St. Anthony: Did the Legislature hobble growth at Red Wing Shoes?

Minnesota businesses are worried about the tax package. What we need is real reform.


Photo: Glen Stubbe, Star Tribune

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Gov. Mark Dayton and the DFL-controlled Legislature last week produced a five-page document that declares the just-concluded session made Minnesota “a more competitive place to do business.”

You could have fooled Red Wing Shoes President Dave Murphy, who runs a growing, 2,100-employee manufacturer that exports Minnesota-made footwear around the globe. That’s no easy task in an industry that has all but left the United States for Asia over the past 30 years.

Murphy, a moderate Republican with deep Minnesota roots, privately told Dayton early in the session that he thought a decade of Republican leadership had skimped on education funding.

“I agree we needed to find more revenue,” Murphy said in an interview last week. “But I don’t believe solving a $650 million deficit with $2 billion in additional taxes is a ‘balanced approach.’ I’m willing to spend more, but I think they should have looked harder at cuts and innovation.’’

Murphy and other high-income folks are going to pay a higher marginal income tax rate above $250,000 in taxable household income. That won’t drive him to low-tax Florida, he said.

But the controversial, 11th-hour sales tax on warehouses and storage facilities is another matter. The tax on warehouse firms and a few other industries apparently passed while their lobbyists on guard at the Capitol that day were looking the other way. The warehouse sales tax is not scheduled to take effect for a year.

Regardless, the tax has set off alarms at Red Wing Shoes. The board recently approved a $3 million investment in equipment that’s going to add jobs to the unionized workforce. But the decision to invest $20 million-plus in a new distribution center in Red Wing, about 50 miles southeast of Minneapolis-St. Paul, has been delayed. There also is a Red Wing plant in Missouri that is more centrally located.

Minnesota Revenue Commissioner Myron Frans, who is Dayton’s much-bloodied point man on taxes, was on the phone to Murphy Friday explaining that the tax would affect only storage facilities that distribute the goods of other companies and not on proprietary-goods warehouses such as that envisioned by Red Wing Shoes.

That’s small comfort for Murphy.

“I just can’t raise the prices. … Consumers will go to some other product,” Murphy said. “I don’t think [Dayton and the Legislature] have really dug into state health care or pensions or other tough issues. And please stop dividing business leaders and wealthy from everybody else by saying they don’t pay their fair share. Why not say we need more help from people who can afford it? I’m willing to help.”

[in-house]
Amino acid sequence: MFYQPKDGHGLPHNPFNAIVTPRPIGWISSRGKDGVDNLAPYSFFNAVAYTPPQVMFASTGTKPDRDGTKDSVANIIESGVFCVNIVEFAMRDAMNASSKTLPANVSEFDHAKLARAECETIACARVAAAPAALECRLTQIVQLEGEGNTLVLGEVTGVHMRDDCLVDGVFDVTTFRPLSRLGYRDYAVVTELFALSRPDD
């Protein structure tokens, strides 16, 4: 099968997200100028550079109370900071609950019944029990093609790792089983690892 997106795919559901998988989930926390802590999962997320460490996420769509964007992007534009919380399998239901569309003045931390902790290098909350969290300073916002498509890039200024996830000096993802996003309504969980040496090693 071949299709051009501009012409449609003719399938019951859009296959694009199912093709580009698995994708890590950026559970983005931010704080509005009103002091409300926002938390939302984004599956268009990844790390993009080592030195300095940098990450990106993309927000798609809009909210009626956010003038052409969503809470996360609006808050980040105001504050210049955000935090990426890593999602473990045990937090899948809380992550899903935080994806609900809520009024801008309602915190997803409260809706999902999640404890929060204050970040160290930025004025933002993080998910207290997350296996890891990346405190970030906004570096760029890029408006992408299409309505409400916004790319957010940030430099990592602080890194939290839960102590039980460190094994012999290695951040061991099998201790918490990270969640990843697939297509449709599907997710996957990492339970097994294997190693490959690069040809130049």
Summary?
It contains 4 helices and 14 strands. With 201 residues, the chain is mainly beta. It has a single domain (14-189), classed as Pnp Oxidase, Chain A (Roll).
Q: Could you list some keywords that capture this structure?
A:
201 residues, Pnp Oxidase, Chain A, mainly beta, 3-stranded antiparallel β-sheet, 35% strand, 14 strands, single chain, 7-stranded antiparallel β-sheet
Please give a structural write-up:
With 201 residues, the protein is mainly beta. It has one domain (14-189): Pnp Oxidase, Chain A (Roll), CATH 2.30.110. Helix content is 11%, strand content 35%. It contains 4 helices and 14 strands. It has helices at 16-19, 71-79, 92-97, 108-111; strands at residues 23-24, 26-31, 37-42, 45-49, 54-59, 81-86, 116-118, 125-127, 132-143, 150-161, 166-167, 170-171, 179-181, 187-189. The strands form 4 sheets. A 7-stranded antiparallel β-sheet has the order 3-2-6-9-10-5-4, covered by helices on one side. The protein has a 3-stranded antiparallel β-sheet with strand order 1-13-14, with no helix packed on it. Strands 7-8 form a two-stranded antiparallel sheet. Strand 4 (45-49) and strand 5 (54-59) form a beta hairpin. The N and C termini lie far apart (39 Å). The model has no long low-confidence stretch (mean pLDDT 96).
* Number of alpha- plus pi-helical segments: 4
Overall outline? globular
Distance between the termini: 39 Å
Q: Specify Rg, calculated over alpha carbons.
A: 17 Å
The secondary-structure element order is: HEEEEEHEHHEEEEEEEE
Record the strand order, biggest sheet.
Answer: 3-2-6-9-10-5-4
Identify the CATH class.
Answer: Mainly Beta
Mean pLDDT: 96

Warehouse expansion on hold

Red Wing Shoes won’t move across the Mississippi River to Wisconsin, acknowledged Murphy. But its warehouse expansion is on hold for now.

The DFL boasts of numerous pro-jobs, pro-business initiatives, including several small business-related tax decreases, this session. And the Mayo Clinic, 3M Co. and the Mall of America each worked their own taxpayer-subsidized growth plans. Republicans even jumped on those popular gravy trains.

Regardless, the perception is that the DFL rolled business owners this session.

“There’s the old adage, ‘Don’t get mad, get even,’ and that’s what they seemed to have done,” said Bob MacDonald, the retired Allianz Life CEO who lives most of the year in Florida, but who chooses to remain a Minnesota resident and pay the higher taxes.

“It would have been better if [the DFL leadership] had said, ‘Let’s not get mad, let’s get better.’ ”

Several weeks ago, I wrote a column that pointed out that despite the “no new taxes” mantra of the Minnesota Chamber of Commerce and the Minnesota Business Partnership, the two largest business lobbies, business groups often contradict themselves.

The Minneapolis and St. Paul regional chambers, for example, were lobbying for everything from transit tax hikes to ballpark subsidies. And individual members of both big lobbies were advocating to protect their existing tax breaks, trying for new exceptions and some were requesting more funding for education.

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